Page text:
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What is the name of a verse consisting of 7 syllables? I thought it was called a heptameter, but that seems to be something different.

Example:

I like chocolate cake with pears.

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    In English poetry, you only count syllables in haiku. Other languages, like French, count syllables in most forms of poetry. The reason is that English is a stress-timed language, and French is a syllable-timed language. Apr 16 '17 at 14:07
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    You are unfamiliar with sonnets?
    – The Nate
    Apr 16 '17 at 15:41
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    And chocolate might not be chalk-lit but chalk-a-lit anyway.
    – Jim
    Apr 16 '17 at 16:16
  • @TheNate Not very familiar, thanks for the information.
    – Karlo
    Apr 16 '17 at 21:47
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    Certainly 7 syllables is not heptameter. Recall: "iambic pentameter" does not mean 5 syllables; it means 5 feet, each foot being an iamb.
    – GEdgar
    May 23 '20 at 21:07
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In English poetry, the meter is not determined solely by the number of syllables, except in haiku (a form borrowed from another language), so we don't have a word that people use for all lines of verse with seven syllables. Other languages, like French, count syllables in most forms of poetry. The reason is that English is a stress-timed language, and French is a syllable-timed language. This means that in English, the number of stressed syllables in a line is generally more important than the total number of syllables.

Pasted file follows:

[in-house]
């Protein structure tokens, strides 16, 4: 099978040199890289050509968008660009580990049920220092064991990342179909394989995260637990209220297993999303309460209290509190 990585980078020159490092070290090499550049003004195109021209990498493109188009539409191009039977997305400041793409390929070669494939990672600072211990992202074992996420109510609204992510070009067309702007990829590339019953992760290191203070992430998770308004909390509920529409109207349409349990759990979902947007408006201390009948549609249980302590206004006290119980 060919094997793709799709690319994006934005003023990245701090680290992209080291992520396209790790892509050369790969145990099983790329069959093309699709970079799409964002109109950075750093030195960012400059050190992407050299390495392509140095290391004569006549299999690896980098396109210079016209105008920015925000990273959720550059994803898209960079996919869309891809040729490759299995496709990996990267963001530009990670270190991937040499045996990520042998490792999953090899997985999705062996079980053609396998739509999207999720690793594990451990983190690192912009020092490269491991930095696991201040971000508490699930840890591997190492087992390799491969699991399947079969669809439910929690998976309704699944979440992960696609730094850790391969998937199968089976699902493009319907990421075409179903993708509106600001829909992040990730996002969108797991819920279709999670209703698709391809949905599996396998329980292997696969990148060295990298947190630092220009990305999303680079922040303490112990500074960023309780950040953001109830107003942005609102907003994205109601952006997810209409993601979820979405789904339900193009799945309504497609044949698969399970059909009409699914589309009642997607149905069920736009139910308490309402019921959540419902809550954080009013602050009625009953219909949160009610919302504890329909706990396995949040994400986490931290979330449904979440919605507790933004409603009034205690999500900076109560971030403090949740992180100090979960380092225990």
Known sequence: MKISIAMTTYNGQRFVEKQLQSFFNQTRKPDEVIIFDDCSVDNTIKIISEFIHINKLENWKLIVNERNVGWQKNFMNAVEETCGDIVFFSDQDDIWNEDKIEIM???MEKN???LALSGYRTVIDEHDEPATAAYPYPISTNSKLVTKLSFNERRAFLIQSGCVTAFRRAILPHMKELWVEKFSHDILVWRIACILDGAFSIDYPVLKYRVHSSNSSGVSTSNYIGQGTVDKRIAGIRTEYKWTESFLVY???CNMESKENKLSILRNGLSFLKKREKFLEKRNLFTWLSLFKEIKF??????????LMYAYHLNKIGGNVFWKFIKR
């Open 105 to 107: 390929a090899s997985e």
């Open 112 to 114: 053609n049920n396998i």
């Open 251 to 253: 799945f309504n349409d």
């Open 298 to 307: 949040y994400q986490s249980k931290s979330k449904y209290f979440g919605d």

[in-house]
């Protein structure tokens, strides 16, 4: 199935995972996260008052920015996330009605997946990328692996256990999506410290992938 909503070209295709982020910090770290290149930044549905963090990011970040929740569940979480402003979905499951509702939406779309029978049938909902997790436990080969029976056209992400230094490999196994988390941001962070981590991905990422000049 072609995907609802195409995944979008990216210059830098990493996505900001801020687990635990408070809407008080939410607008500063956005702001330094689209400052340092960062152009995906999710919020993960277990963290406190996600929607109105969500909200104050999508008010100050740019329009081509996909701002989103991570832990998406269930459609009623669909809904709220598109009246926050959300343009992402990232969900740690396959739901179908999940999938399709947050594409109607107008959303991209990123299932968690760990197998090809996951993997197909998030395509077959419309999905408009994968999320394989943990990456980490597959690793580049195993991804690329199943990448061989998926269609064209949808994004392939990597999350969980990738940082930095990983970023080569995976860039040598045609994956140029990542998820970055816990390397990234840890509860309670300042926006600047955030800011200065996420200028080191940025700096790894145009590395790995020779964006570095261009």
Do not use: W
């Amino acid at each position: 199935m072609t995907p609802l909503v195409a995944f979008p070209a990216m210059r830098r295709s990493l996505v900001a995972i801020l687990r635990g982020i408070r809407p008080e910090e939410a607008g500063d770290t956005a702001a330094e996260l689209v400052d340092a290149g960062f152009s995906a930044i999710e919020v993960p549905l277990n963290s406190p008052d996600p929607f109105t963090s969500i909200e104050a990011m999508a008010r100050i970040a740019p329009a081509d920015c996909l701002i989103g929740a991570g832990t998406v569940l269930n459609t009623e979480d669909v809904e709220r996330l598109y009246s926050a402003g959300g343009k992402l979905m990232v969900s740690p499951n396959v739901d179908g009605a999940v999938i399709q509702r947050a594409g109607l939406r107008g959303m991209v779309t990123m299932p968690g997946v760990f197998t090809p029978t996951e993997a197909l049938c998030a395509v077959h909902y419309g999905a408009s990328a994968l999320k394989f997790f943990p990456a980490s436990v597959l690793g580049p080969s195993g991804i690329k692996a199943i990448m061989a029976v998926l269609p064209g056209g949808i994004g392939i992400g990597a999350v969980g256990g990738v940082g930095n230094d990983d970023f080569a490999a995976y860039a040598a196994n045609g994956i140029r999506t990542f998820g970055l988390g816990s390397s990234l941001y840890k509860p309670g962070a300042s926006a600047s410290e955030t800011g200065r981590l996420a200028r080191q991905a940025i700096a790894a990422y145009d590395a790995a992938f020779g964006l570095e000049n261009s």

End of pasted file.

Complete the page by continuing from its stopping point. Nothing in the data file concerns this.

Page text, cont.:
Seven-syllable lines in English verse can have several different names.

If you're trying to figure out the meter of a poem like Shakespeare's witches' chants, whose lines have the same pattern of stresses as your example:

Fillet of a fenny snake,
In the cauldron boil and bake;
Eye of newt and toe of frog,
Wool of bat and tongue of dog,
Adder's fork and blind-worm's sting,
Lizard's leg and howlet's wing,

this would be called catalectic trochaic tetrameter. (Catalectic because, compared with regular trochaic tetrameter, all the lines are missing a syllable at the end.)

On the other hand, the exact same pattern of stresses appears in the first line of Hughes Mearnes poem Antigonish:

Yesterday, upon the stair,
I met a man who wasn’t there
He wasn’t there again today
I wish, I wish he’d go away.

And here, it would be classified as headless iambic tetrameter, because the other lines are all iambic tetrameter.

You can also have seven-syllable lines in iambic trimeter, for example the odd-numbered lines of Housman's poem When I was One-and-Twenty, the first verse of which goes:

When I was one-and-twenty
I heard a wise man say,
"Give crowns and pounds and guineas
But not your heart away;
Give pearls away and rubies
But keep your fancy free.”
But I was one-and-twenty,
No use to talk to me.

These lines would be called iambic trimeter with a feminine ending.

Occasionally, English poets have experimented with syllabic verse in English, where the number of syllables in each line is constant. For example, Dylan Thomas's poem In my Craft or Sullen Art, which starts:

In my craft or sullen art
Exercised in the still night
When only the moon rages
And the lovers lie abed
With all their griefs in their arms,

There is actually a word in English for lines of poetry with seven syllables, a "heptasyllable". This word is borrowed from French, and is generally only used in analyses of poetry in languages like French, Spanish, and Italian. I can't even find an analysis of Dylan Thomas's poem above where somebody has used it.

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  • In English poetry, you only count syllables in haiku. This strong claim is incorrect; closed form poetry in English is accentual-syllabic, where you count both accents (stressed syllables) and total syllables. If not, terms such as iamb, trochee, etc. wouldn't apply to English poetry at all; but they're regularly used for analysis. See this question on Literature SE and the answer provided there. It's no accident that every line in the scanned poem has exactly seven syllables.
    – verbose
    Feb 25 at 8:39

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